My research partner decided to ask Ruth Messinger [who came to visit Haverford in Fall 2009] about scaling up during her visit to the other CPGC class, with KSK in mind.  Messinger replied that the American Jewish World Service now only gives enough money to sustain organizations or programs – never to make them bigger.  She explained that scaling up existing projects is one of the most difficult things she’s ever done in her capacity as president of AJWS, because small, grassroots NGOs often don’t have the expertise necessary to affect a wider area and because they are often overwhelmed and paralyzed by such a large influx of money.  Additionally, she felt, like many of the people I met in Indonesia, that what works for one village might not work for the one next to it.

            I appreciate the examples scaling up in The End of Poverty of (259), but most of the projects Sachs writes about started on a huge scale, and only had to get even larger – the Rockefeller Foundation’s Green Revolution began with crops throughout all of Mexico; the WHO’s Smallpox Eradication Unit immediately started helping poor countries around the world; and the Onchocerciasis Control Program was initially set up in eleven West African countries.  As impressive as these programs might be, they do not stand as examples of how to scale up “what works in a single village or district.”  Sachs’ “MDG-based poverty reduction strategy” will require huge amounts of scaling up existing programs, but he only briefly addresses how to do this for small programs that are very effective on a local level.

            Nonetheless, the components Sachs gives for a “public management plan” would be very useful for Keluarga Sayang Kelompok to keep in mind as it grows – especially if there is a hope to eventually reach other parts of Indonesia or Southeast Asia.  Decentralization is key.  “The details will have to be decided at the ground level, in the villages and cities themselves…decentralized management of public investment is therefore a sing qua non of scaling up.” (278) It is hard for community members currently working at KSK to know what will work (and what is needed) in urban Denpasar, a rural village in the mountains, or tourist-laden Kuta.  Concerns and sources of stigma will undoubtedly be different for families living in different parts of Bali.  Another vital component is the importance of training.  Sachs explains that the public sector “lacks the talent to oversee the scaling-up process,” (278) and that capacity building training programs are therefore necessary.  The other components of Sachs’ plan – information technologies, measurable bookmarks, audits, and monitoring – all make sense for HIV/AIDS organizations in Bali that are trying to grow, including KSK.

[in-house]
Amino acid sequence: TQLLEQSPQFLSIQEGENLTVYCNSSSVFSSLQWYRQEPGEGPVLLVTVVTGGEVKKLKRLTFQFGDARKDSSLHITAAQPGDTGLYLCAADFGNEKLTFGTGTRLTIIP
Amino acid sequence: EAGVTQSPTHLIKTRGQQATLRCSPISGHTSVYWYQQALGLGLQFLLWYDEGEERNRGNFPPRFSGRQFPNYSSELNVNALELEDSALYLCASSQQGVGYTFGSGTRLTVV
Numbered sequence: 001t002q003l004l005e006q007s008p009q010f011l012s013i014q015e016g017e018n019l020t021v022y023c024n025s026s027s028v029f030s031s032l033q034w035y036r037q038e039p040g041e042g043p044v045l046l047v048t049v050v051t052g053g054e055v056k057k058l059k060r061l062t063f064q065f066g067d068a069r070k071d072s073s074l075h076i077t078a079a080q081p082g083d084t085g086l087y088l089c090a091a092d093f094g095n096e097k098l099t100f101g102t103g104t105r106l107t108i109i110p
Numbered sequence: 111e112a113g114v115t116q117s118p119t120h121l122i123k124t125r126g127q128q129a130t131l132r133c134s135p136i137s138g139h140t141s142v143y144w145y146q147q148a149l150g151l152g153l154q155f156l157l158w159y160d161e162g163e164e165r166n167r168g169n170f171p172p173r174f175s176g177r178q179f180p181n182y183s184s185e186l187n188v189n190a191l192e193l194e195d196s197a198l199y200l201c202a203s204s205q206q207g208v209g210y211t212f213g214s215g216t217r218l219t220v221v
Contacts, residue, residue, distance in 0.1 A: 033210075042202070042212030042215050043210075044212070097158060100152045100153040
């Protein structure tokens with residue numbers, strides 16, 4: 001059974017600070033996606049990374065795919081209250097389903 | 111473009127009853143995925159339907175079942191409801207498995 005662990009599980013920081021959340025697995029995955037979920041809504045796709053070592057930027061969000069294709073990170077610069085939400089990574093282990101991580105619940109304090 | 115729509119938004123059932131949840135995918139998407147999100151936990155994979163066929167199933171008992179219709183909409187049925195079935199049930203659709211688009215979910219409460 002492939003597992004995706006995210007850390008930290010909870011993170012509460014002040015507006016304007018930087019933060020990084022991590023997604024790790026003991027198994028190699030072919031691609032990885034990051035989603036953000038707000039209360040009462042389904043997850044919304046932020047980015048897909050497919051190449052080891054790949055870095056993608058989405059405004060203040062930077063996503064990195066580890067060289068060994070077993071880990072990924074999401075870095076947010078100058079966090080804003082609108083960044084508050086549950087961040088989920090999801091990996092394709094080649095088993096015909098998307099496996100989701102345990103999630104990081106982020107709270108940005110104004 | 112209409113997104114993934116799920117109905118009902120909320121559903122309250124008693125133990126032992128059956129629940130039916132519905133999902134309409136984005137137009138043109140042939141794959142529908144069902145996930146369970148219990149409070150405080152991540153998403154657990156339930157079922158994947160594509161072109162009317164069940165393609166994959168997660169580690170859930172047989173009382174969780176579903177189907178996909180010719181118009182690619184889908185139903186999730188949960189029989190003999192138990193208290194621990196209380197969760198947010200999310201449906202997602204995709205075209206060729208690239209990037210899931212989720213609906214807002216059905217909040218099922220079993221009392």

I wish that he had given examples of small, local programs that have successfully grown in size and outreach.  Sachs emphasizes that financing is not sufficient for scaling up, and that implementation requires time – maybe we just haven’t waited long enough for the process to take place.  Some of the people my research partners and I spoke with, however, felt strongly that community-based organizations should not try to get bigger, that instead there should be an emphasis on starting entirely new, autonomous organizations to do similar work.  From an economic perspective this obviously doesn’t make a lot of sense, but for many, it does on a practical and efficacy level.  “Scaling up” is a phrase thrown around so often within the HIV/AIDS community that it has almost become clichéd.  At the conference I attended, the WHO handed out DVDs that were supposed to serve as toolkits on “Scaling up HIV testing and counseling services.”  Many sessions had similar titles that outlined strategies comparable to Sachs’.  From my entirely anecdotal perspective, it seems like there are good plans about how to scale up, but fewer organizations who have actually tried to implement them, and even fewer who have been succesful.